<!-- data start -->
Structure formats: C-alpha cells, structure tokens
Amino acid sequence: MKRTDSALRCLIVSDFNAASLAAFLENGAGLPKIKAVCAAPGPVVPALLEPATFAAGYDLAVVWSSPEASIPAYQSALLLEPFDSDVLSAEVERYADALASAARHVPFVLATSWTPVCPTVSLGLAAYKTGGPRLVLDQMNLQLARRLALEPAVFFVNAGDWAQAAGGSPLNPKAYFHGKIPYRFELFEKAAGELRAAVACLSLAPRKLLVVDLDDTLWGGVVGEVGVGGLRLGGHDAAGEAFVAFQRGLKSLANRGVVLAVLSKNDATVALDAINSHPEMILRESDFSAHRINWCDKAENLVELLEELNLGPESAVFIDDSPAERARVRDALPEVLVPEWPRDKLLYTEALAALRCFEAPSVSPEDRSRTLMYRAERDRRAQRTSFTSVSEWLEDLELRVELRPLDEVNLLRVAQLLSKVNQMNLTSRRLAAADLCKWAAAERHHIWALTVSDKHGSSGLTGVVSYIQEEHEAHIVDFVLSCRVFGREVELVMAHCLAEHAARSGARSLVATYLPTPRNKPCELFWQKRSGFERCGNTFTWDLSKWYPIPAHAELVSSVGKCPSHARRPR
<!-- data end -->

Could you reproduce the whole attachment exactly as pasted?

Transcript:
Structure formats: C-alpha cells, structure tokens
Amino acid sequence: MKRTDSALRCLIVSDFNAASLAAFLENGAGLPKIKAVCAAPGPVVPALLEPATFAAGYDLAVVWSSPEASIPAYQSALLLEPFDSDVLSAEVERYADALASAARHVPFVLATSWTPVCPTVSLGLAAYKTGGPRLVLDQMNLQLARRLALEPAVFFVNAGDWAQAAGGSPLNPKAYFHGKIPYRFELFEKAAGELRAAVACLSLAPRKLLVVDLDDTLWGGVVGEVGVGGLRLGGHDAAGEAFVAFQRGLKSLANRGVVLAVLSKNDATVALDAINSHPEMILRESDFSAHRINWCDKAENLVELLEELNLGPESAVFIDDSPAERARVRDALPEVLVPEWPRDKLLYTEALAALRCFEAPSVSPEDRSRTLMYRAERDRRAQRTSFTSVSEWLEDLELRVELRPLDEVNLLRVAQLLSKVNQMNLTSRRLAAADLCKWAAAERHHIWALTVSDKHGSSGLTGVVSYIQEEHEAHIVDFVLSCRVFGREVELVMAHCLAEHAARSGARSLVATYLPTPRNKPCELFWQKRSGFERCGNTFTWDLSKWYPIPAHAELVSSVGKCPSHARRPR